Merck Collaborates with Dewpoint Therapeutics to Cure HIV with Condensates
Merck has forged a collaboration with Boston-based Dewpoint Therapeutics to treat HIV using Dewpoint’s proprietary platform for condensate-based drug discovery.
Under the terms of the agreement, Dewpoint is eligible for receiving up to an upfront amount of USD 305 Million along with milestone payments as well as royalties on sales of products.
Dewpoint was launched last year to explore and uncover novel mechanisms to treat one of the most devastating diseases – HIV. Dewpoint’s condensate platform explores the ability of condensates in curing HIV. Earlier Dewpoint also announced a USD 100 Million deal with Bayer to develop novel therapies for cardiovascular and gynaecological diseases.
Merck already homes the FDA-approval for two HIV treatments Delstrigo and Pifeltro, both of which are treatments for HIV-1 in patients with no prior antiretroviral therapies. Recently, Merck presented the data of Phase IIb trials for its Islatravir in combination with doravirine for HIV-1 infection. The collaboration with Dewpoint will surely bolster Merck’s HIV-1 infection pipeline further.
Pfizer, BioNTech mRNA-based Vaccines Against SARS-CoV-2 Receives FDA’s Fast Track Designation
The US FDA has given Fast Track Designation to two of the COVID-19 vaccine candidates, BNT162b1 and BNT162b2, jointly developed by Pfizer and BioNTech.
Currently, the vaccines are in Phase I/II study. Both the investigational vaccines BNT162b1 and BNT162b2 are nucleoside-modified RNAs, formulated in lipid nanoparticles. BNT162b1 encodes an optimized SARS-CoV-2 receptor-binding domain (RBD) antigen, whereas BNT162b2 encodes an optimized SARS-CoV-2 full-length spike protein antigen.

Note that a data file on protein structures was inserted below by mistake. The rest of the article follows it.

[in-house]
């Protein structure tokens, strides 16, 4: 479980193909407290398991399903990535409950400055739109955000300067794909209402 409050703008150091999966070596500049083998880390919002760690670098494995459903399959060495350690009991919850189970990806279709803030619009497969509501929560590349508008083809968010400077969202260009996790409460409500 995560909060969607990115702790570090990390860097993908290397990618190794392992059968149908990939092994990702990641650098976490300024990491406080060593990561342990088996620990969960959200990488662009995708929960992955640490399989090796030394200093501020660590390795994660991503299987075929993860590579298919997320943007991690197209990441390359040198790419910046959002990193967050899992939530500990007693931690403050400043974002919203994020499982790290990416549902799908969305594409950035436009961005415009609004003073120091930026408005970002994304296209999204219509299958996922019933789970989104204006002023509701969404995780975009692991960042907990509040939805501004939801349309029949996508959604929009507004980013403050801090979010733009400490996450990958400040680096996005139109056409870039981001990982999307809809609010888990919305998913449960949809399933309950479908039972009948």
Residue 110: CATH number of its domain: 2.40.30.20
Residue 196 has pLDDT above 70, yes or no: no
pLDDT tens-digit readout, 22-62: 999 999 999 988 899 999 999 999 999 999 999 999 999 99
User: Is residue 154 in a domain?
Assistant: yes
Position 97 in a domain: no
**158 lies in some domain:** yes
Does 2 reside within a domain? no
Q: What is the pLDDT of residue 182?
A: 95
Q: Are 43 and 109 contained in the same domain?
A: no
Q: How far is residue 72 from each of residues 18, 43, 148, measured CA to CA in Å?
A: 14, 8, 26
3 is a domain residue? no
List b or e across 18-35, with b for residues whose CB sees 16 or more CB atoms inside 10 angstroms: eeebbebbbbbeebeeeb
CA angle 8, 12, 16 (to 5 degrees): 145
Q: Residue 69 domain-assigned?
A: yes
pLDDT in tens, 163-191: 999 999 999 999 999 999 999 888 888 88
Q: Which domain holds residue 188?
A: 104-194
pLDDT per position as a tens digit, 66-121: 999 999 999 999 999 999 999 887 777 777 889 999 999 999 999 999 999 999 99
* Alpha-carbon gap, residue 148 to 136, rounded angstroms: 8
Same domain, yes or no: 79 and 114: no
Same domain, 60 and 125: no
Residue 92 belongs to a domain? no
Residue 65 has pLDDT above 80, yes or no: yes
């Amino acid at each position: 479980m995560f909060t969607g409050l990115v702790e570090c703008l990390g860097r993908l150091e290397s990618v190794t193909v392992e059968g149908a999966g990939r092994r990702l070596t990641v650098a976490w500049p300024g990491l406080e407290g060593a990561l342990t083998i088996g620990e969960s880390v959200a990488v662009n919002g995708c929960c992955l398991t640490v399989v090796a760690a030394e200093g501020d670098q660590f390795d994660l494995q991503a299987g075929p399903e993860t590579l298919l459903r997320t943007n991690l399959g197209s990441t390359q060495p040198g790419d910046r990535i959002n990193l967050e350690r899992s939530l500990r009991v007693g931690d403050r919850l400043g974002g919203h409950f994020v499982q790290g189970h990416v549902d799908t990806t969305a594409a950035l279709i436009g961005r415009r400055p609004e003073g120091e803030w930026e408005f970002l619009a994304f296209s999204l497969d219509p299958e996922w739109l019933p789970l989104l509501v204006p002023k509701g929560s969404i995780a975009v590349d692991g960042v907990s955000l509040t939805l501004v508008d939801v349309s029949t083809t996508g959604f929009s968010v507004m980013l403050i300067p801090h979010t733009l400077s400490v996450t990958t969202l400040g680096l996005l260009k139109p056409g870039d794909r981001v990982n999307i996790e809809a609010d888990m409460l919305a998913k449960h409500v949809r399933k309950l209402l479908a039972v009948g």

The decision of the FDA was based on the early data from the trials evaluating these two vaccines in the BNT162 program presented earlier this month. The designation will help in speedy approval of the preventive therapy against SARS-CoV-2, that has clutched the whole world in its paws. If the further process goes without any obstructions, the companies plan to file for regulatory approval of vaccines by the end of 2020.
Roche’s Tecentriq- Avastin Duo Flops to Keep Ovarian Cancer Away
Genentech, a Roche’s subsidiary announced the failure of its combination of Tecentriq (atezolizumab) – anti-PD-L1 checkpoint inhibitor, and Avastin (bevacizumab) – an antibody that binds to VEGF, as they missed the primary endpoint in Phase II trials (IMagyn050) indicated for newly-diagnosed advanced-stage ovarian cancer as front-line treatment.
The trial is evaluating the combination of Tecentriq with Avastin, plus chemotherapy drugs – paclitaxel and carboplatin compared to placebo plus Avastin, paclitaxel and carboplatin in stage III or IV ovarian cancer patients who are receiving neoadjuvant or adjuvant therapy.
However, the safety profile of the combo was in line with the previous results; hence, the company plans to further proceed with the trials, and the therapy still has a chance to hit co-primary endpoints, which are investigator-determined PFS and OS for two different groups, the intent-to-treat (ITT) population and the PD-L1-positive subpopulation.